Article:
By Patricia Wright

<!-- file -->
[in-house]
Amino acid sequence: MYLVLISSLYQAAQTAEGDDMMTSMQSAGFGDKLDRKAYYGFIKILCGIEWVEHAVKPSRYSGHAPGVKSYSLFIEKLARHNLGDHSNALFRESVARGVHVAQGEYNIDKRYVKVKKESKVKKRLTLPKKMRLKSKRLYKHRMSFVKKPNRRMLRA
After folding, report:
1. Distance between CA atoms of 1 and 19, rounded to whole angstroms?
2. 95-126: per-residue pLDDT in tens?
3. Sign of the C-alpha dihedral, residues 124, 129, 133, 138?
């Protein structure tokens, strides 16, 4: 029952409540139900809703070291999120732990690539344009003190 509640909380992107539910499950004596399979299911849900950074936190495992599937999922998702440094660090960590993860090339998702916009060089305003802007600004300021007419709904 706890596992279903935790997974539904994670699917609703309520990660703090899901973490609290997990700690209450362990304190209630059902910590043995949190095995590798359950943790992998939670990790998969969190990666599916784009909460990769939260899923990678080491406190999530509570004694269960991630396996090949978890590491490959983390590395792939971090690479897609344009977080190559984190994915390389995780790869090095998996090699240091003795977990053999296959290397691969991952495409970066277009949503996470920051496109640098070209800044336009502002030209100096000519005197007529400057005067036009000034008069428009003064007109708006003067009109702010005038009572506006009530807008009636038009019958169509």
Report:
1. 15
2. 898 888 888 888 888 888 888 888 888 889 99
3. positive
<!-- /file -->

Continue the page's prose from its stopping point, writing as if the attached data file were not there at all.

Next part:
In preparation for their start date on Sept. 15, WMCN has had a To Do list written in red on a whiteboard that included items such as organizing and alphabetizing records and CDs and cleaning out the studio. The start date is relatively normal for the station and allows students time to submit their DJ applications and settle into their class schedules and Macalester life. WMCN will feature shows ranging from “Brasilian music to sports talk to electronica,” program manager Aaron Mendelson ’09 said. The schedule of shows is placed on a large cork board surrounded by band posters in WMCN’s headquarters in the basement of 30 Mac. DJs are encouraged to play anything they choose during their two-hour shows as part of the station’s free-form stance. “We have an awesome show lineup,” WMCN general manager Zach Dotray ’10 said.WMCN’s website echoes the free-form style: “We believe that the radio convention of restricting musical content to a predetermined playlist is a disservice to the public.”Before they host their first show, DJs must complete training sessions in which they view the station’s music collection and learn about using the equipment. They are strictly cautioned about using profanity on the air. A handwritten sign in the studio lists the words the Federal Communications Commission forbids DJs from saying on the air. WMCN managers say their time in the cramped basement offices is coming to an end. “WMCN will eventually move to the new arts building,” Mendelson said. The station is also converting their listening room into a new recording studio that will allow for local bands to perform and give interviews and also to record songs that can be made available for downloading as mp3s. Mendelson said the studio will cost “very little,” but does not have a set date for the project’s completion. “Our goal is to become a good space for recording,” Dotray said. “Hopefully we’ll continue to evolve as a station once we have a studio space.””It’s always hard to fill the 8:00 a.m. slots,” Dotray said. “But we did it. We have 56 shows and 45 DJs.”One new DJ this year, Kerry Alexander ’12, said that the start date has both good and bad elements. “Maybe people wanted to listen to the radio station before the fifteenth, but it’s probably not a good idea to throw DJs in there before they’re ready. So it’s a good balance.